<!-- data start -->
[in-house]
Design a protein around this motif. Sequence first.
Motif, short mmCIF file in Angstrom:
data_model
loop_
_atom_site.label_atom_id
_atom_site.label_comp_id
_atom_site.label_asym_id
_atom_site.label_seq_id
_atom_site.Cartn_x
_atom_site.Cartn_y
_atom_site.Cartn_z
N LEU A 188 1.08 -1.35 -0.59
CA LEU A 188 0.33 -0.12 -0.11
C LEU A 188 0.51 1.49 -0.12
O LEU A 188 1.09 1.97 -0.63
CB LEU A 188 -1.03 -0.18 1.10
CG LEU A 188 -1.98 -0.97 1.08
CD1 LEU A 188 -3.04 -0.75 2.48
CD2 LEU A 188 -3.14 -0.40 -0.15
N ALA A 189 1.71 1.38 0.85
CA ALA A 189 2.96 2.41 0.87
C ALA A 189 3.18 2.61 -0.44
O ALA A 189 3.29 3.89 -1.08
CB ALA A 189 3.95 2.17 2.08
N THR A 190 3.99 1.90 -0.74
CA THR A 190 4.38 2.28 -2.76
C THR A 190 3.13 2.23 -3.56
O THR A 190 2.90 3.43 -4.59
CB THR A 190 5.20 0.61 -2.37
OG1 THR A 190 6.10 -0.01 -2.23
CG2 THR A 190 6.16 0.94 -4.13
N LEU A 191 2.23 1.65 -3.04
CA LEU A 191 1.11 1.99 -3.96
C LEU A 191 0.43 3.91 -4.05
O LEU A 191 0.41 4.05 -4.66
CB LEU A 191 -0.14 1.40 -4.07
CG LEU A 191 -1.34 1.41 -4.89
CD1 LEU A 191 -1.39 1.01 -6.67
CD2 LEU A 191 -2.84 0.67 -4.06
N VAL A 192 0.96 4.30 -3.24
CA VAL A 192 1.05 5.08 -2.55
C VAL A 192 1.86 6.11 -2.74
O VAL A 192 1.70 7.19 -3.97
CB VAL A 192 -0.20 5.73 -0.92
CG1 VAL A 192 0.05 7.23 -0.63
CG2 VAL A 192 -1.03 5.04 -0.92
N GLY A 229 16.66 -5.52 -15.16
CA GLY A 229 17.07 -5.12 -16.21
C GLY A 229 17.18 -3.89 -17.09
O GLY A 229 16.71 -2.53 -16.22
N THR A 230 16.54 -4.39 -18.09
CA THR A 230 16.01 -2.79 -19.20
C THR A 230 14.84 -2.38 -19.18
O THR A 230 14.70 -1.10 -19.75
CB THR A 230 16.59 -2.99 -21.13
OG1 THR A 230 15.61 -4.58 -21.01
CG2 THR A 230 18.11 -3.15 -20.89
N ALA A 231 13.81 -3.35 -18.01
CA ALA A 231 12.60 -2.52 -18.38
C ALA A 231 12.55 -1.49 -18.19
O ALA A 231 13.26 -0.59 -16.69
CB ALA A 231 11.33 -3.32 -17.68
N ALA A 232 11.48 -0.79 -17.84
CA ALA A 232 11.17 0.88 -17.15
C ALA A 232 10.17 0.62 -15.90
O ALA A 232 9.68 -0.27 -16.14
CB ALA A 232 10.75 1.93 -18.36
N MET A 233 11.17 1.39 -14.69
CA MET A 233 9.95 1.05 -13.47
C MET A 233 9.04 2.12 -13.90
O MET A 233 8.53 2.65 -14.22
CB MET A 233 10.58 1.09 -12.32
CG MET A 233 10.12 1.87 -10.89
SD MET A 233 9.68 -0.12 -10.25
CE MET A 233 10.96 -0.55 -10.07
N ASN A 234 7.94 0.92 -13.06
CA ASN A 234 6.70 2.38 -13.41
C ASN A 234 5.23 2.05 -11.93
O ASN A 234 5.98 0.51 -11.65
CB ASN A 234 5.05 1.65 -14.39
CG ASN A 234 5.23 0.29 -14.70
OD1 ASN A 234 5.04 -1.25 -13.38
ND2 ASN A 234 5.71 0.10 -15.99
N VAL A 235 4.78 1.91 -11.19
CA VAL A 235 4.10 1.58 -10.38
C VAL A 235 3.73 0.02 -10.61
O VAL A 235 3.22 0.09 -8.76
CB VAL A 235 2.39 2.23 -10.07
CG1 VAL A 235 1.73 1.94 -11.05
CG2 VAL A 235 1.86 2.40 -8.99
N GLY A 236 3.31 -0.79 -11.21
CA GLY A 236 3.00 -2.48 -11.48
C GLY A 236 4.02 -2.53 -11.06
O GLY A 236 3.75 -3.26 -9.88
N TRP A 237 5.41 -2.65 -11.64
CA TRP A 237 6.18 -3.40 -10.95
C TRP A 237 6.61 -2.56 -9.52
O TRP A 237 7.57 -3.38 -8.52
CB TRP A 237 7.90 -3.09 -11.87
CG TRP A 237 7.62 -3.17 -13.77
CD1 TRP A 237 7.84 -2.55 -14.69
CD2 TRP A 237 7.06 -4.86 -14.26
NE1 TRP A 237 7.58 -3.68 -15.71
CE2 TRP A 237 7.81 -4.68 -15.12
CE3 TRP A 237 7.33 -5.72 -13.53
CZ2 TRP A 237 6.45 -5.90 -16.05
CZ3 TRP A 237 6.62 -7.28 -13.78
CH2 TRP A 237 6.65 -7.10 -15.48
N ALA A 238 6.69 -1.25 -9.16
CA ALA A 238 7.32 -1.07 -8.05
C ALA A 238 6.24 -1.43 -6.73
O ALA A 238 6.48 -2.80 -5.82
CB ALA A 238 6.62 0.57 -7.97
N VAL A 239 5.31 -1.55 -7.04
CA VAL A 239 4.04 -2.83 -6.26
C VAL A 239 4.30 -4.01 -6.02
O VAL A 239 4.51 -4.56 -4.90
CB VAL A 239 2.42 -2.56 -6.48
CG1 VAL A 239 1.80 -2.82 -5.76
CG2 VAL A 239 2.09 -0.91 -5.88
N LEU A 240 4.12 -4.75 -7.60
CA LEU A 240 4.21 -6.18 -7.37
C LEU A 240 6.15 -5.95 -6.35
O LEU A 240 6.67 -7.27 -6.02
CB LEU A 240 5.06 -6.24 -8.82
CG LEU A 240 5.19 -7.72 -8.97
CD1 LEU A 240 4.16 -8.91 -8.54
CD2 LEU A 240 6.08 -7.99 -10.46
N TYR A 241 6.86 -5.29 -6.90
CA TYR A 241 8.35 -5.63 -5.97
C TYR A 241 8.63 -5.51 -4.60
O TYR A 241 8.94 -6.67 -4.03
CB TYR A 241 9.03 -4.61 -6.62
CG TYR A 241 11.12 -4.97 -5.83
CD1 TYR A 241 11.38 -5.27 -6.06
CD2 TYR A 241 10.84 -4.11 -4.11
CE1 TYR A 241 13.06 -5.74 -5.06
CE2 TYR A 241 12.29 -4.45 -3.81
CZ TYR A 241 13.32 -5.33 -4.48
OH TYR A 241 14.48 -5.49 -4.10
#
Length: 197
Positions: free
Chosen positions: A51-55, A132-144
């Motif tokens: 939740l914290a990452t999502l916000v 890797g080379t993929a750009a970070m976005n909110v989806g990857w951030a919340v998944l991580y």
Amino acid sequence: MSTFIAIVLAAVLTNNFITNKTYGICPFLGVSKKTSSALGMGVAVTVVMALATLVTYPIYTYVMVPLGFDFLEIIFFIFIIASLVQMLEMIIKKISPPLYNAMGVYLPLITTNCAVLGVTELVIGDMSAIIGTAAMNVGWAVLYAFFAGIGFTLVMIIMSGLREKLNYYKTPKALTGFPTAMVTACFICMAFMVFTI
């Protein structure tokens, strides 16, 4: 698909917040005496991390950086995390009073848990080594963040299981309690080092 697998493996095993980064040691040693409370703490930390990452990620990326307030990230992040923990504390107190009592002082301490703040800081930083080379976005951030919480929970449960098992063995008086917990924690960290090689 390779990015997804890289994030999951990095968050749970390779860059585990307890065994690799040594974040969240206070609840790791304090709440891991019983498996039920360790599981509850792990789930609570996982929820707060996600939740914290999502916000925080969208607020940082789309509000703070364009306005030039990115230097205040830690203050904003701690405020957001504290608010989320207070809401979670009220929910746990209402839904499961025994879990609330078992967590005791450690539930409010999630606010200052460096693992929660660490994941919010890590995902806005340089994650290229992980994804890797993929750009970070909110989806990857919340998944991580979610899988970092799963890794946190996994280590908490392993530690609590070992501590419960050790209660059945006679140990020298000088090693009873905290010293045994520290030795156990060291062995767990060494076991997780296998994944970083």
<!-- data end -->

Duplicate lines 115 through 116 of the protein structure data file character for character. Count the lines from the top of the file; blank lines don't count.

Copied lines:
N VAL A 239 5.31 -1.55 -7.04
CA VAL A 239 4.04 -2.83 -6.26